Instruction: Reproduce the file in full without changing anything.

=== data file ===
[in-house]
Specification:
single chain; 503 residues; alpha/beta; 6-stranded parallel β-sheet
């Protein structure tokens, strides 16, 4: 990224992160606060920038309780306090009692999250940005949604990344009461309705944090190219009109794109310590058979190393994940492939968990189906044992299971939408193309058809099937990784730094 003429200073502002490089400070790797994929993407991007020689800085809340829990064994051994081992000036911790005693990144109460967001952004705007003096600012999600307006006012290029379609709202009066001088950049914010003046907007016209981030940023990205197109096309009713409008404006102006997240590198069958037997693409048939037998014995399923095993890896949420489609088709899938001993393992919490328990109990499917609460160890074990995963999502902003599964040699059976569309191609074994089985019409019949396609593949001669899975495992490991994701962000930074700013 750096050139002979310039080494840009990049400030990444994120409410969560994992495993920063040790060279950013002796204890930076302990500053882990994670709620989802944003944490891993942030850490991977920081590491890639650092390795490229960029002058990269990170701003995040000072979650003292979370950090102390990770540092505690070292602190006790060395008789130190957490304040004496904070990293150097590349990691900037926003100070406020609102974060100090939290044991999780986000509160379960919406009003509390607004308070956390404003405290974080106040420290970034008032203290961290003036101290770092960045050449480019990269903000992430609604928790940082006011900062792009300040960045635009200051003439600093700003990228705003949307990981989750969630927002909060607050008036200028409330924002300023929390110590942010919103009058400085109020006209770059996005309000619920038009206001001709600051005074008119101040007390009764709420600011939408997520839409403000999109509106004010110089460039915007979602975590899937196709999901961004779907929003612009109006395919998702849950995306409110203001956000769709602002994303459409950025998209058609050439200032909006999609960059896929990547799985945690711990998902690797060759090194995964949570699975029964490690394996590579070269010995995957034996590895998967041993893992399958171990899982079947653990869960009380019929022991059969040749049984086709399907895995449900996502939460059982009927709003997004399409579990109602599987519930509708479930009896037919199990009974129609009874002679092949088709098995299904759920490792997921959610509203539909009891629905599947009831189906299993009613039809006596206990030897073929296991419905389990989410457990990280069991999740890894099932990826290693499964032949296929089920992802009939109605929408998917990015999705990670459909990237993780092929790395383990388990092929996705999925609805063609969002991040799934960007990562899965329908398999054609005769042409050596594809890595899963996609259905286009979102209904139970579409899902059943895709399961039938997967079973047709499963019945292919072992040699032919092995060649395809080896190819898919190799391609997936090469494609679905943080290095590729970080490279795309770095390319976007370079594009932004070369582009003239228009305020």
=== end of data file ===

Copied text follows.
[in-house]
Specification:
single chain; 503 residues; alpha/beta; 6-stranded parallel β-sheet
């Protein structure tokens, strides 16, 4: 990224992160606060920038309780306090009692999250940005949604990344009461309705944090190219009109794109310590058979190393994940492939968990189906044992299971939408193309058809099937990784730094 003429200073502002490089400070790797994929993407991007020689800085809340829990064994051994081992000036911790005693990144109460967001952004705007003096600012999600307006006012290029379609709202009066001088950049914010003046907007016209981030940023990205197109096309009713409008404006102006997240590198069958037997693409048939037998014995399923095993890896949420489609088709899938001993393992919490328990109990499917609460160890074990995963999502902003599964040699059976569309191609074994089985019409019949396609593949001669899975495992490991994701962000930074700013 750096050139002979310039080494840009990049400030990444994120409410969560994992495993920063040790060279950013002796204890930076302990500053882990994670709620989802944003944490891993942030850490991977920081590491890639650092390795490229960029002058990269990170701003995040000072979650003292979370950090102390990770540092505690070292602190006790060395008789130190957490304040004496904070990293150097590349990691900037926003100070406020609102974060100090939290044991999780986000509160379960919406009003509390607004308070956390404003405290974080106040420290970034008032203290961290003036101290770092960045050449480019990269903000992430609604928790940082006011900062792009300040960045635009200051003439600093700003990228705003949307990981989750969630927002909060607050008036200028409330924002300023929390110590942010919103009058400085109020006209770059996005309000619920038009206001001709600051005074008119101040007390009764709420600011939408997520839409403000999109509106004010110089460039915007979602975590899937196709999901961004779907929003612009109006395919998702849950995306409110203001956000769709602002994303459409950025998209058609050439200032909006999609960059896929990547799985945690711990998902690797060759090194995964949570699975029964490690394996590579070269010995995957034996590895998967041993893992399958171990899982079947653990869960009380019929022991059969040749049984086709399907895995449900996502939460059982009927709003997004399409579990109602599987519930509708479930009896037919199990009974129609009874002679092949088709098995299904759920490792997921959610509203539909009891629905599947009831189906299993009613039809006596206990030897073929296991419905389990989410457990990280069991999740890894099932990826290693499964032949296929089920992802009939109605929408998917990015999705990670459909990237993780092929790395383990388990092929996705999925609805063609969002991040799934960007990562899965329908398999054609005769042409050596594809890595899963996609259905286009979102209904139970579409899902059943895709399961039938997967079973047709499963019945292919072992040699032919092995060649395809080896190819898919190799391609997936090469494609679905943080290095590729970080490279795309770095390319976007370079594009932004070369582009003239228009305020």